Shadow of the West

During last summer, I became hooked on reruns of Kojak and the scuzzy streets of nigh-bankrupt Noo Yawk in the mid-70s.  This year, I discovered Sixties gem The Wild, Wild West. I knew there was a Will Smith movie in the late 90s but the tv series was never shown in the STV region, to my knowledge.

wild_wild_west titles

Essentially, this is The Avengers in Stetsons- US secret service agent Jim West is a James Bond of the 19th Century, foiling diabolical masterminds with an array of gadgets and the aid of Artemus Gordon, a bon vivant  master of disguise.

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West is played by gravelly, pugnacious bantam Robert Conrad;  a very handsome and athletic actor who would have made a very fine Golden Age Atom in the Wonder Woman series of the 70s.  Ross Martin plays “Artie” and the pair live like kings on a luxury train which also features a laboratory.

Like the Emma Peel era of the Avengers, the first season is shot in black and white and features a variety of death traps; numerous light bondage scenes (lingering on Conrad’s torso, in the main) and a gallery of epicurean super-villains; in particular, the singing dwarf megalomaniac, Dr. Miguelito Loveless.

loveless

The second series is in colour. I’ve caught early episodes in the past weeks starring Boris Karloff, Sammy Davis Jr. and a UFO story with green space girls (which confirms my theory that Jim is an ancestor of the Jupiter II’s Mjr Don West.) I haven’t found it as enjoyable as the first season although it’s certainly even more bizarre.

However, WWW sent me to Aberdeen for the DC Showcase collected edition  of Bat Lash, an unconventional Western character from the late 60s. I only knew this gentleman loner from ads in sixties comics and a couple of appearances with the JLA- which we’ll see below…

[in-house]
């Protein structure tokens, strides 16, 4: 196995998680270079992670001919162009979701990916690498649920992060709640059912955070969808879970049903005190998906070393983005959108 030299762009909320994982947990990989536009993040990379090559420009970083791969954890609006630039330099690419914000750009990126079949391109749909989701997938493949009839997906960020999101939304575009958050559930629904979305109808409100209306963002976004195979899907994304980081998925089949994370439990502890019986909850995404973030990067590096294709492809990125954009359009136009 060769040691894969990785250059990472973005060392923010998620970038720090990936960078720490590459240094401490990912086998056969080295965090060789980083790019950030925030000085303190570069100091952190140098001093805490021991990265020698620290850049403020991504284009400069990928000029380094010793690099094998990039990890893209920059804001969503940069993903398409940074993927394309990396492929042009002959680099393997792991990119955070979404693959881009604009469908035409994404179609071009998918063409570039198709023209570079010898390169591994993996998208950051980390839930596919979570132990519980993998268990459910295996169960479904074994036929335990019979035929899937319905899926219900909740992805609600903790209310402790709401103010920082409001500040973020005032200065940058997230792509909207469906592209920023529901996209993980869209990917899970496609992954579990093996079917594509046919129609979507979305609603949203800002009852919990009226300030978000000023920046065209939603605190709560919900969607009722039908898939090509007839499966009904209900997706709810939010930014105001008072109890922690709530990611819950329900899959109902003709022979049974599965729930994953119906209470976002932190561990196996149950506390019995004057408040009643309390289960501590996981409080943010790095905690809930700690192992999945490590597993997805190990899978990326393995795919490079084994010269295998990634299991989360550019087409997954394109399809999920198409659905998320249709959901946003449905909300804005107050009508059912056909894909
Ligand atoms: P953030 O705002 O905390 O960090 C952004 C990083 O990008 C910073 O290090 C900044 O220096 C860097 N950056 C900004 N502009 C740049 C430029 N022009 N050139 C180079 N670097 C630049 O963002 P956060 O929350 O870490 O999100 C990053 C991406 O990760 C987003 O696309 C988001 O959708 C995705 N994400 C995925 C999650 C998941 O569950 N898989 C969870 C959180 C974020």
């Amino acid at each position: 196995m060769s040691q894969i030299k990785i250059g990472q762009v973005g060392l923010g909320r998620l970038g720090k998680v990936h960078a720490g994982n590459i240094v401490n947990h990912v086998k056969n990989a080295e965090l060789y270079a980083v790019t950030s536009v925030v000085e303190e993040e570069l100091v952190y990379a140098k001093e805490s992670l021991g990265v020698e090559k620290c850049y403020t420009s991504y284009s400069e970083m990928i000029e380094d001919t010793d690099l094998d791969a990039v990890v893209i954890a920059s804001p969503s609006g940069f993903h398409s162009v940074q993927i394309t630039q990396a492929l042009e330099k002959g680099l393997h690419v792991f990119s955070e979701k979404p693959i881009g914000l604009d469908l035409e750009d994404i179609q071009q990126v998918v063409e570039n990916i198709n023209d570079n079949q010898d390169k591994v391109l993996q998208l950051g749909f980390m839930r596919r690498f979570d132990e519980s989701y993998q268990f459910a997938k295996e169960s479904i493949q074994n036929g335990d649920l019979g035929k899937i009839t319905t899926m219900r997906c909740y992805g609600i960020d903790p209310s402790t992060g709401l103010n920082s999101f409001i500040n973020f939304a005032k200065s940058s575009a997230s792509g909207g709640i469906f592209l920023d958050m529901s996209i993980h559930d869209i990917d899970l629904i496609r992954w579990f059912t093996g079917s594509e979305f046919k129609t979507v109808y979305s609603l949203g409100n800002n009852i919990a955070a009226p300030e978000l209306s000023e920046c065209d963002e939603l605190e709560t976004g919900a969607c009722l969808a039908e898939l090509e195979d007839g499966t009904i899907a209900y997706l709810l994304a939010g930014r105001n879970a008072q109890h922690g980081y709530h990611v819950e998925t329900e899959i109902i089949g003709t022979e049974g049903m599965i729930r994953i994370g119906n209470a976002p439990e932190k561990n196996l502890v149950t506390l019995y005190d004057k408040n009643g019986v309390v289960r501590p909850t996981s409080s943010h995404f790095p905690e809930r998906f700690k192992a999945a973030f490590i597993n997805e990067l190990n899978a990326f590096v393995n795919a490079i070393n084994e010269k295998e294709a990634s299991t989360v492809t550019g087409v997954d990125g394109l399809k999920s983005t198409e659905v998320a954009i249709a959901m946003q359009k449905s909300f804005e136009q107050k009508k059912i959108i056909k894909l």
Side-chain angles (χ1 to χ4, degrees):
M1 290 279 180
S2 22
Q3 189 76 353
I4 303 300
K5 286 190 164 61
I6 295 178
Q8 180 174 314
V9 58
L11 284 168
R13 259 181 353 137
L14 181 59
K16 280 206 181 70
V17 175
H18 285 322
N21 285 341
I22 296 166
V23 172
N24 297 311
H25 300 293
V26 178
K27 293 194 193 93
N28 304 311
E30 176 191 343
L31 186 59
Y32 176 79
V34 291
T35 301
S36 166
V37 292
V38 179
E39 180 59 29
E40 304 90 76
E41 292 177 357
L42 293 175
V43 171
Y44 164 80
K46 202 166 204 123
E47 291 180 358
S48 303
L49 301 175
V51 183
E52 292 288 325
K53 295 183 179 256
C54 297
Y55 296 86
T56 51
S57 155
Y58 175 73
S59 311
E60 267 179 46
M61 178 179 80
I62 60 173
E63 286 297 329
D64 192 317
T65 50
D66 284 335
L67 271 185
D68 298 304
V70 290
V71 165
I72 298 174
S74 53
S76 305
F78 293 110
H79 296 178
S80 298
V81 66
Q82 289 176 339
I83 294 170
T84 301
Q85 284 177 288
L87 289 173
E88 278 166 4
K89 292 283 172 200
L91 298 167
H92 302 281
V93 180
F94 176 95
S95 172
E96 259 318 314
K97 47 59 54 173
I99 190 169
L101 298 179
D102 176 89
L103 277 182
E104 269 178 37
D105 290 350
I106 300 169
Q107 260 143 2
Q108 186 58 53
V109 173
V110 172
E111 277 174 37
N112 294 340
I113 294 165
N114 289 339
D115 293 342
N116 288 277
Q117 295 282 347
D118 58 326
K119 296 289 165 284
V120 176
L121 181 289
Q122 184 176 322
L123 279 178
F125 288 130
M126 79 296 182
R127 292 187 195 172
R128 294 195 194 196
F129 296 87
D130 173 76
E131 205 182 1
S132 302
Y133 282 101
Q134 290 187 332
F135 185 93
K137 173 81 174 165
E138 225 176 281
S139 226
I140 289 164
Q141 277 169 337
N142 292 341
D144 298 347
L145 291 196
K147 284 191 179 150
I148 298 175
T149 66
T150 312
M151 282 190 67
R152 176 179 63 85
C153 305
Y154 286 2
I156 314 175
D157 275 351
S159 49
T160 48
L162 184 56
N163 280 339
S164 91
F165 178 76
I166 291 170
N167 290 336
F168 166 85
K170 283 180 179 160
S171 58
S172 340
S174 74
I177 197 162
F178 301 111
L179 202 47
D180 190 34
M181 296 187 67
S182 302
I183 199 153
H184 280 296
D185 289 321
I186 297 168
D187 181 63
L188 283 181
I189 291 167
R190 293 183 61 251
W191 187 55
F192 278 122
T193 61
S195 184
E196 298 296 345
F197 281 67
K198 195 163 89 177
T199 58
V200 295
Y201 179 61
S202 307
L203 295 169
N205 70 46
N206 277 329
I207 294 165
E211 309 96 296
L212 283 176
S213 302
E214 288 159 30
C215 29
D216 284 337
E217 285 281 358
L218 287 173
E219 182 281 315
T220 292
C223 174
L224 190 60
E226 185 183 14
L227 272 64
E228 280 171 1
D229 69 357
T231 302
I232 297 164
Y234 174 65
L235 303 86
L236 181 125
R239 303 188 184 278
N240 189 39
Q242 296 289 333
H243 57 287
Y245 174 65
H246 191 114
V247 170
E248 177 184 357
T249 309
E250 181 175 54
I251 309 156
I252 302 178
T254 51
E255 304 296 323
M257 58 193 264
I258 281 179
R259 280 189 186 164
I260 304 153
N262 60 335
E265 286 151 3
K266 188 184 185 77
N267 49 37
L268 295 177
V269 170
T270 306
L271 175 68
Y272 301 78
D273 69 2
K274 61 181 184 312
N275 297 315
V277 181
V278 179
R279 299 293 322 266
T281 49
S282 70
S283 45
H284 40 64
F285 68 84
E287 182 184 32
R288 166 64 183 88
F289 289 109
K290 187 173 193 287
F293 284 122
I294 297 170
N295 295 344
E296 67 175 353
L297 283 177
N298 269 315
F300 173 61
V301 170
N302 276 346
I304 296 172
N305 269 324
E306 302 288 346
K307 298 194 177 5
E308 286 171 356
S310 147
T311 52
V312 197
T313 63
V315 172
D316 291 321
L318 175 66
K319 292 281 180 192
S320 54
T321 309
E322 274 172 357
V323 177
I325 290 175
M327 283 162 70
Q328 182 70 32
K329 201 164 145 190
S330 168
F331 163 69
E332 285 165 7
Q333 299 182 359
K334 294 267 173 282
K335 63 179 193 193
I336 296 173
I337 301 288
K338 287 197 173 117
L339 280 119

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This is a cynically comedic comic with an amoral dandy as lead, with a love for flowers, fine wine and pretty girls. Later in the series, they attempt to give the roguish “Bat” a tragic backstory and an estranged bounty hunter brother, as if his self-interest weren’t heroic enough. The beautiful art by Nick Cardy is truly amazing and it’s well worth a look, although nothing really like the steampunk WWW.

I haven’t read many stories of Dc’s Western characters: the odd entry in the canon of Jonah Hex; or El Diablo; Firehair; the Vigilante  and even Super-Chief.  I did enjoy these stories of the Justice League however.

JLA Conway cowboys hex-justice-league-coverBatton Lash appears on both covers!

I know even less about Marvel’s Western stars. I think I had one issue of the late 60s Mighty Marvel Western circa 1970.

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I’ve read the Englehart Avengers issues with the “rannies” of course, but they’re all quite indistinct personalities.  Only the infamous and puerile  gay innuendo of the Noughties Rawhide Kid series gave him any colour.

The closest analogue to the cowboys and super-heroes comics cited just above was this early 80s Hulk adventure:

rangers